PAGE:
Featured image Joe Asch reports that Mike Mastanduno, Dartmouth’s dean of the faculty, made this comment at a recent faculty meeting: More than I’d like to, I hear this: “It’s really hard to teach on Thursday morning because of what the students do on Wednesday night.” I hear that from faculty. What I never hear, and what I’d love to start hearing from students is, “It’s really hard to do what we »

Bolling v. Sharpe at 60

Featured image As Steve has noted, we are nearing the 60th anniversary of the Supreme Court’s decision in Brown v. Board of Education. This means we are also nearing the 60th anniversary of Bolling v. Shape, which was decided the same day (May 17, 1954). Bolling held that that racial discrimination in the public schools of Washington D.C. denied blacks due process of law in violation of the Fifth Amendment. This was »

Werner Dannhauser, RIP

Featured image One of the great teachers of politics from the perspective of the great tradition, Werner Dannhauser, has died.  A long time professor of political philosophy at Cornell University, Dannhauser was another of the long line of students of Leo Strauss, whom he called “the greatest teacher of politics I have ever known.”  Bill Kristol and John Podhoretz have offered their recollections, both mentioning a single Commentary magazine essay of Dannhauser’s »

What did Brandeis know and when did it know it?

Featured image When I visited Brandeis in 2005 with my daughter (then a high school junior), the admissions office bragged about the University’s activist tradition, including the fact that its alums include Angela Davis and Abbie Hoffman. None of the prospective students seemed to have heard of these left-wing criminals; apparently we parents we supposed to tell our children how cool they were. In recent years, Brandeis has conferred honorary degrees on »

Civil War on the Left, Part 2

Featured image The other day in “Civil War on the Left,” I noted how ethnic groups within the California Democratic Party are turning on one another.  Yesterday the Wall Street Journal reported on another internal fault line that is splitting Democrats in Illinois and New York, this time over charter schools, which teachers’ unions hates, but which are hugely popular with parents—especially minority parents.  What’s a politically correct Democrat to do? Hundreds »

Brandeis reverses itself on honorary degree to Ayaan Hirsi Ali

Featured image Ayaan Hirsi Ali is a Power Line hero for reasons that will become clear below. Brandeis University was set to give her an honorary degree at this year’s commencement exercises. But bowing to pressure from Muslim students, outside advocacy groups, and a portion of its faculty, Brandeis has backed down. As much as I admire Ayaan Hirsi Ali, I don’t condemn Brandeis’ decision. My reasons will, I hope, also become »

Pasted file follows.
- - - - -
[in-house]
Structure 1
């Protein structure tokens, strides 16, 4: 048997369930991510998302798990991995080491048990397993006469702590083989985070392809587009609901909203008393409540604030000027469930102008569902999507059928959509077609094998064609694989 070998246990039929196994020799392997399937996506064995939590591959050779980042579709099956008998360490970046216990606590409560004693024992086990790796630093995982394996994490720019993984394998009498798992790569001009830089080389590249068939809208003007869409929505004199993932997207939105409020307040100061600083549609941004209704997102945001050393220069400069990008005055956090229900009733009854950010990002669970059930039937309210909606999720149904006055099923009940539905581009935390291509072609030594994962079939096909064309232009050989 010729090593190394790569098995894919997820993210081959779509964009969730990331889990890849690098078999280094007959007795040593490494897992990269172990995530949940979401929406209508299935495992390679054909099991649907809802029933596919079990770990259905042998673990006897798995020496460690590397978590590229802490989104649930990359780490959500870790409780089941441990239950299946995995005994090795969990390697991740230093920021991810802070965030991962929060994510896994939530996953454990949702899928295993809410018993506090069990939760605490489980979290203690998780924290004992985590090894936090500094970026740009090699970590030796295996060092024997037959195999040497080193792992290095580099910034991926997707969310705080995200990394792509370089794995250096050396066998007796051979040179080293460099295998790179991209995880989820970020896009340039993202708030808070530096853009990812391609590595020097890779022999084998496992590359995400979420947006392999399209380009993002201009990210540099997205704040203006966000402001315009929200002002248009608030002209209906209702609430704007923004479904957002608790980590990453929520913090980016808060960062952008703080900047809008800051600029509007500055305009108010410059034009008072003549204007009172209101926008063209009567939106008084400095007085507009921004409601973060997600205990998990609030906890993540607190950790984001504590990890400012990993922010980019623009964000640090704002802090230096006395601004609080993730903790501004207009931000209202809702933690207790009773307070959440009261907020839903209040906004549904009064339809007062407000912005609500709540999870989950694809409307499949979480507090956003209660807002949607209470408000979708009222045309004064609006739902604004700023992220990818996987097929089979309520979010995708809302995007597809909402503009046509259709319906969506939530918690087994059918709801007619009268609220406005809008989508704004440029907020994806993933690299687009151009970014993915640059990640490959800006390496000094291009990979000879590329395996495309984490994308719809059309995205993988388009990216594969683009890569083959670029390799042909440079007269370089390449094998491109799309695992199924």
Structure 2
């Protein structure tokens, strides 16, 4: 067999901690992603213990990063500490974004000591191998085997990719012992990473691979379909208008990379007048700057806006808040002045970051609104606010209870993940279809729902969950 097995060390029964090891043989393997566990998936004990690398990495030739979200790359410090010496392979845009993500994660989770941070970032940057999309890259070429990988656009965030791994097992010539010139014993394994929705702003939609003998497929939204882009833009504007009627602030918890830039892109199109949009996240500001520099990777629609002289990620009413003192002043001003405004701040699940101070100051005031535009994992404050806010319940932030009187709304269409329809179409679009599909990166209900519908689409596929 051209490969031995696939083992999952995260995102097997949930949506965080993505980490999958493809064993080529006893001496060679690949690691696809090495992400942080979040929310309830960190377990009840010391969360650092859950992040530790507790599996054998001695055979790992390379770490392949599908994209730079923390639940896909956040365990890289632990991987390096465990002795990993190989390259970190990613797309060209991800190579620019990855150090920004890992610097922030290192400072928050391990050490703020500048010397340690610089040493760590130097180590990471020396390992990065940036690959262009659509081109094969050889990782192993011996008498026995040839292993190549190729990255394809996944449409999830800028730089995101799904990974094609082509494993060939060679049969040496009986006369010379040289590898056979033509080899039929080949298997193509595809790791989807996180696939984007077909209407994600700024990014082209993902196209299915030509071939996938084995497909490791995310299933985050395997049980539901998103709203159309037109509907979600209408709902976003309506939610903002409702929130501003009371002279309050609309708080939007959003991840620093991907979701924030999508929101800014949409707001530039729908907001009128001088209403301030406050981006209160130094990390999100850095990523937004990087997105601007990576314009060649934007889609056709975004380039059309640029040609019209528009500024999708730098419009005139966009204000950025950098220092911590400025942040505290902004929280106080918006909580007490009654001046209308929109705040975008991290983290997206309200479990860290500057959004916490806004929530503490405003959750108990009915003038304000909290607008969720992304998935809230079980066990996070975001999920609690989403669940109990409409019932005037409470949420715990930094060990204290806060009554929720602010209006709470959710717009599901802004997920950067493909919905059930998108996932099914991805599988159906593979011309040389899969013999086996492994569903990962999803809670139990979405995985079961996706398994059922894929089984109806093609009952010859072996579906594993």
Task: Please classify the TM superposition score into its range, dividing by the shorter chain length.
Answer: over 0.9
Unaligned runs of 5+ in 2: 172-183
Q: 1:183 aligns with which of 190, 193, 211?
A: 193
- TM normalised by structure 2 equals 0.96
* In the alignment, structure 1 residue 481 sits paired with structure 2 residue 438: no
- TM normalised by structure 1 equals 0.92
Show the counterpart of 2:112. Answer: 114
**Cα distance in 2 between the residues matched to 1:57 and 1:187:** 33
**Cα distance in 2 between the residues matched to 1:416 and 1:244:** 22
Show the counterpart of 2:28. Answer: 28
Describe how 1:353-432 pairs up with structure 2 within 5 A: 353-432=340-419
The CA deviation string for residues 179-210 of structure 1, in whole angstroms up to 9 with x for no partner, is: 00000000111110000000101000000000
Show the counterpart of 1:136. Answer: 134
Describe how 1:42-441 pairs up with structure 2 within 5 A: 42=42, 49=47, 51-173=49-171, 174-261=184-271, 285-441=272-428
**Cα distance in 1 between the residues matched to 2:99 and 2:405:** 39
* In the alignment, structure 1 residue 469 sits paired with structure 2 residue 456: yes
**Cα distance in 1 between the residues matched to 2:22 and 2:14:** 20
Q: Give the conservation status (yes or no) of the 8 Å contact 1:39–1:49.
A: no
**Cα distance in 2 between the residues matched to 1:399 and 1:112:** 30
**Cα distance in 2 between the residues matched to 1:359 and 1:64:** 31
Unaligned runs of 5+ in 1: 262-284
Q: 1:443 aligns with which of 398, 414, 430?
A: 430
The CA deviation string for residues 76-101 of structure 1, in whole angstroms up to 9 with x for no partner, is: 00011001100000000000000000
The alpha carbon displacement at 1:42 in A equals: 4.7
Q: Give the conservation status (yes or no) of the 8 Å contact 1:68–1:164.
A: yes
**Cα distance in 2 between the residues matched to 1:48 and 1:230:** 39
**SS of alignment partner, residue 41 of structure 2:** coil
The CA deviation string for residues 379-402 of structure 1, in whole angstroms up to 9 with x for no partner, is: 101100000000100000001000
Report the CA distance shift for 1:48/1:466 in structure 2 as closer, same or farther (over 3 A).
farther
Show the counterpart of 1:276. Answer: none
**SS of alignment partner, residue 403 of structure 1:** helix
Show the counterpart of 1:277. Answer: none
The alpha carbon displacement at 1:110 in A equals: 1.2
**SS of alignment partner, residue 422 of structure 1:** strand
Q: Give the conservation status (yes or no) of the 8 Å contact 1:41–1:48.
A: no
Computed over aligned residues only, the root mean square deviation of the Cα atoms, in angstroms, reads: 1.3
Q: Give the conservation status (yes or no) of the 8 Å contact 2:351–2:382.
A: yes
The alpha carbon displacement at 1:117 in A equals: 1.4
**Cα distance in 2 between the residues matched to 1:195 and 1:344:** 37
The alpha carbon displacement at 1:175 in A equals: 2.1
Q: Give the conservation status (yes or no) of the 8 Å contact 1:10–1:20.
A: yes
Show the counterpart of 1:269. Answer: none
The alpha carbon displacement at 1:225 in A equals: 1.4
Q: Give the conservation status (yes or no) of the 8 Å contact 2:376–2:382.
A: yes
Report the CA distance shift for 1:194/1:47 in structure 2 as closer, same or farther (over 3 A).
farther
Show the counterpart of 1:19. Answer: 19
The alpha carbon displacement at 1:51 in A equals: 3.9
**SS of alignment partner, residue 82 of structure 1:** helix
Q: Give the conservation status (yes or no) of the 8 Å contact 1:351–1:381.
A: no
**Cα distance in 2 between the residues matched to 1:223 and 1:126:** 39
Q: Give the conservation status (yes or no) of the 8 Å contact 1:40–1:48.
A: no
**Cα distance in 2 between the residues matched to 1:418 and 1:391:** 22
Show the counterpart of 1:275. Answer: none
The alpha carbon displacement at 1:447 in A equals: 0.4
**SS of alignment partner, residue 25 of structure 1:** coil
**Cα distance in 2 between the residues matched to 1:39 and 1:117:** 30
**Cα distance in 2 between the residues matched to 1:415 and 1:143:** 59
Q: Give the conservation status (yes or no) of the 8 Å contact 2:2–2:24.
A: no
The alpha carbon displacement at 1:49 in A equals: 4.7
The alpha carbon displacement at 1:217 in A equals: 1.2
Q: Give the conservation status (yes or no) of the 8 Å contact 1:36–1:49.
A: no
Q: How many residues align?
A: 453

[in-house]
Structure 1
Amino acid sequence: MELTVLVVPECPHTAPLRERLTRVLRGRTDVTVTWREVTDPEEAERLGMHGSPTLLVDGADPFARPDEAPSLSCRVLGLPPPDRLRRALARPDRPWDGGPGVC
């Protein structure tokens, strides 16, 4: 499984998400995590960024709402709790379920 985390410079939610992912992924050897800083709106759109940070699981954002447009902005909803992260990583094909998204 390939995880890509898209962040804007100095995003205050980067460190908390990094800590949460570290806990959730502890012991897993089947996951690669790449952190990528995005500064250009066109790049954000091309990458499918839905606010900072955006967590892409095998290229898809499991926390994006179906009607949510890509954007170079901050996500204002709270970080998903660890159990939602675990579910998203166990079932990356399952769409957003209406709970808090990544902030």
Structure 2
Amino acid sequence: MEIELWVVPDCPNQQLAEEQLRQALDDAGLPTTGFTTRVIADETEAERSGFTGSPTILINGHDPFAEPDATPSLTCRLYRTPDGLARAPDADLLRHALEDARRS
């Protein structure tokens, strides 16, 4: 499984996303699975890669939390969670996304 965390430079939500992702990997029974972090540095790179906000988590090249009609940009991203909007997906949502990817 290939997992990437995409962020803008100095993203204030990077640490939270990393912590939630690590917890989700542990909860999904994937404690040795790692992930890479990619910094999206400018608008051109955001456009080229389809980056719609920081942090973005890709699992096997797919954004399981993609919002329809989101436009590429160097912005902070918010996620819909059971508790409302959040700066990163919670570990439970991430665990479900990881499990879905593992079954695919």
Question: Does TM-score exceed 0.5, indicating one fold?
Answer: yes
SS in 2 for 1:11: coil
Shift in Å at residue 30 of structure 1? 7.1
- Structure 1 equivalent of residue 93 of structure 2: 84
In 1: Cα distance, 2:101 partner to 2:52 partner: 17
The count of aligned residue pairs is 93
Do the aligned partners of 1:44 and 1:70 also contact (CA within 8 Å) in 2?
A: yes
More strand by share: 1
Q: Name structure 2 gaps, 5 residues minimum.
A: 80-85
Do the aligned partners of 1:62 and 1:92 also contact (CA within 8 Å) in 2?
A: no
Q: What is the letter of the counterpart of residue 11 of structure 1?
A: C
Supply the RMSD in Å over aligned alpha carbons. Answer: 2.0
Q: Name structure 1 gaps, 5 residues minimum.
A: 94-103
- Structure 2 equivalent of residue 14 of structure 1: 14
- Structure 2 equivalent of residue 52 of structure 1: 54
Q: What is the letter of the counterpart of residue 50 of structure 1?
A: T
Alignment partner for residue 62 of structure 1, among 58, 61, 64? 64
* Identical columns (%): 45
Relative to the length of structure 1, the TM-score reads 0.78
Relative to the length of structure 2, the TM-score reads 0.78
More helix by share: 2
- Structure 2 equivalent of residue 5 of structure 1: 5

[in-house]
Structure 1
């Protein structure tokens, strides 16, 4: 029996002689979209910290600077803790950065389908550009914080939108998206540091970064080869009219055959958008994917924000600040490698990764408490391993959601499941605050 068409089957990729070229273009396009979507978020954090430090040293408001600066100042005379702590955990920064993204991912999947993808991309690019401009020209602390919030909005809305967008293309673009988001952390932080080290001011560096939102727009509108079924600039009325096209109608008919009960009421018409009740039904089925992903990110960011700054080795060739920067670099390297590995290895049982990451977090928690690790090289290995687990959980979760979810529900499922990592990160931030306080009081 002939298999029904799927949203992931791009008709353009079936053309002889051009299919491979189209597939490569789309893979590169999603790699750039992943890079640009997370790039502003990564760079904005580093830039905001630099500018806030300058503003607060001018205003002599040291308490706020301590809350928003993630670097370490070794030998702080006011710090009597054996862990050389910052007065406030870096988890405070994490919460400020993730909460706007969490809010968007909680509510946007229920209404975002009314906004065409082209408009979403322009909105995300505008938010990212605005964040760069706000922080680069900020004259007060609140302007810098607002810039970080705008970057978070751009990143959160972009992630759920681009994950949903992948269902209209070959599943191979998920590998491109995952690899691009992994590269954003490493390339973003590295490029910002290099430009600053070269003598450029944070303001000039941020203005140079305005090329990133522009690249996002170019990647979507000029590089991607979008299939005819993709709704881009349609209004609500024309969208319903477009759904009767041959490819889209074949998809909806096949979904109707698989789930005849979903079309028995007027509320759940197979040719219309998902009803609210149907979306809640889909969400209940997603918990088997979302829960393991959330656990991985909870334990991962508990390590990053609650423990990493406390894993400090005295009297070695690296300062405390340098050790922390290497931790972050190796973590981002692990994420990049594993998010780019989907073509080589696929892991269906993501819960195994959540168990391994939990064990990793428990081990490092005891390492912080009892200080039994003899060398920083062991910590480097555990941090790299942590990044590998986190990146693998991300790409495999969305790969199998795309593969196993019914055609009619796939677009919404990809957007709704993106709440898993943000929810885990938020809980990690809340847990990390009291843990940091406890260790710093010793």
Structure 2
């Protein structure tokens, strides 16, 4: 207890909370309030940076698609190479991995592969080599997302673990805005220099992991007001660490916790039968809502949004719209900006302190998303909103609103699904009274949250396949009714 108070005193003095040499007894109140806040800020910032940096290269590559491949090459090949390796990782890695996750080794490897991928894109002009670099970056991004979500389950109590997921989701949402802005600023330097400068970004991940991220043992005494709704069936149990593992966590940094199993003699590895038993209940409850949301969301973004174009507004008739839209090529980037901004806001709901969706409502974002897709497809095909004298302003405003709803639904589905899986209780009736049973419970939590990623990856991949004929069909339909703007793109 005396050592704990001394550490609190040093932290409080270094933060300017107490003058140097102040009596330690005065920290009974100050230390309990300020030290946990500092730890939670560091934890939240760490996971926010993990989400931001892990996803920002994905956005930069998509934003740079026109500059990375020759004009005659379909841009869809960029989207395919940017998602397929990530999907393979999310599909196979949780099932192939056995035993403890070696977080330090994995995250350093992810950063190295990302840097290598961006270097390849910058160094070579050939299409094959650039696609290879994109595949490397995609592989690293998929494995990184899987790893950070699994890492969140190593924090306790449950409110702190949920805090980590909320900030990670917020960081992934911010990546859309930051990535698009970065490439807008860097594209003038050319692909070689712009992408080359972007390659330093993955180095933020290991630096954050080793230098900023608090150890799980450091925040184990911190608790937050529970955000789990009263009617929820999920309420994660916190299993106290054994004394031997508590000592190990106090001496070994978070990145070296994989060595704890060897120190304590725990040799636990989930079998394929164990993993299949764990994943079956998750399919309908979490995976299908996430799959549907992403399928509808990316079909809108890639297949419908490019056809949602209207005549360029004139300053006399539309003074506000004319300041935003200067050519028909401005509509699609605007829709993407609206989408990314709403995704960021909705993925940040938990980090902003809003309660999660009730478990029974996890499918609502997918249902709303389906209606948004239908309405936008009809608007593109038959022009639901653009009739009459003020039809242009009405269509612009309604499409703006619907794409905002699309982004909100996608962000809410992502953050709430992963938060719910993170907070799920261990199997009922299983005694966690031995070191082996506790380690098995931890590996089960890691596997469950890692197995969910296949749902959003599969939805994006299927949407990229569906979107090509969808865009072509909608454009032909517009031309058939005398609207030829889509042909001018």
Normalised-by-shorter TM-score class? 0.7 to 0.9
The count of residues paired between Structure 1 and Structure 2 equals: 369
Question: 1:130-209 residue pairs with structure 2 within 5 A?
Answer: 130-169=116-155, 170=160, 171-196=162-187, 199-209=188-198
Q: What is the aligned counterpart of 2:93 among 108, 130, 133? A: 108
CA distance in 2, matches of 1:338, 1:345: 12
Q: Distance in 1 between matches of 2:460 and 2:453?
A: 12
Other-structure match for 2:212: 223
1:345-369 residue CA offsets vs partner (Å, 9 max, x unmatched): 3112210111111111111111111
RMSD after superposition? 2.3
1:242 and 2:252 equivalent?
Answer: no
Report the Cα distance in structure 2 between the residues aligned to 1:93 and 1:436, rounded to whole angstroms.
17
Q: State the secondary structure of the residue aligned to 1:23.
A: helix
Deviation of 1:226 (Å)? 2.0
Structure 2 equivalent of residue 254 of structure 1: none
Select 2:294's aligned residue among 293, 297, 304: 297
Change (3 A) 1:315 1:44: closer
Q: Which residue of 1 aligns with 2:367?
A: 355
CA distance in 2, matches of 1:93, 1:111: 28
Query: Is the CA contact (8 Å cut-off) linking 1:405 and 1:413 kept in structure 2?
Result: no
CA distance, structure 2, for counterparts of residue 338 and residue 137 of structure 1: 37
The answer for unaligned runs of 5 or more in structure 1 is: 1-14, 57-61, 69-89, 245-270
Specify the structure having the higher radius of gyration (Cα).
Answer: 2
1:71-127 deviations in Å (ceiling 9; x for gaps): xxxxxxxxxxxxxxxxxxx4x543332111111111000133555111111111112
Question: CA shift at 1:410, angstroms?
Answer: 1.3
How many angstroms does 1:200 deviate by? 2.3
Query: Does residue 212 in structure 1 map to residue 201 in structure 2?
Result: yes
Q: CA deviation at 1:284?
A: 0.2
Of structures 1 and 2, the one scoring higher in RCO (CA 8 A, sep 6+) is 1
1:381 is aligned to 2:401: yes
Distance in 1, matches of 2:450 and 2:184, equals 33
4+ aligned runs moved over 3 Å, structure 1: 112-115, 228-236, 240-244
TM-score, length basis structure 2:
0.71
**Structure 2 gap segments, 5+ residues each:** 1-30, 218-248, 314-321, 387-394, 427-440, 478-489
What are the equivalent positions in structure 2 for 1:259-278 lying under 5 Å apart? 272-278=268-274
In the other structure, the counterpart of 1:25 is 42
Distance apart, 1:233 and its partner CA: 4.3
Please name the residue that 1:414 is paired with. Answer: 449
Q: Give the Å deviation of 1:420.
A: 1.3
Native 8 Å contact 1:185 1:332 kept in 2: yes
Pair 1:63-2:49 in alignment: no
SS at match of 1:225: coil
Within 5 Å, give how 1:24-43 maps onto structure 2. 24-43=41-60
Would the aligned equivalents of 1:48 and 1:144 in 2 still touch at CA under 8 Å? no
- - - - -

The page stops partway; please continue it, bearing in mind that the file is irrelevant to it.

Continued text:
Is this degree really necessary?

Featured image Scott Walker, who did not graduate from college, says he wants to obtain his degree. According to his spokesperson, Walker would like to do so through the University of Wisconsin’s FlexOption once it expands its degree offerings. Walker attended Marquette University but left in his senior year in 1990 for a job with the American Red Cross. He then launched his political career and never returned to school. Walker says »

Common Core and the new SAT

Featured image Lindsey Burke of the Heritage Foundation connects the revamp of the SAT with the controversy over the “Common Core” initiative. And with justification. As we have noted, one of the major changes to the SAT will be to align the test more closely with what high schools teach. According to Burke, the high school curriculum the folks at College Board are referring to is the Common Core. Indeed, the president »

Politically-based faculty discrimination, a test case

Featured image Today, the Eighth Circuit Court of Appeals heard oral argument in the case of Wagner v. Jones. Our friend Peter Berkowitz discussed the case in a Wall Street Journal op-ed (it’s behind a pay wall). Teresa Wagner accuses the University of Iowa College of Law of violating her First and Fourteenth Amendment rights by refusing to hire her for its legal analysis, writing, and research program due to her strong »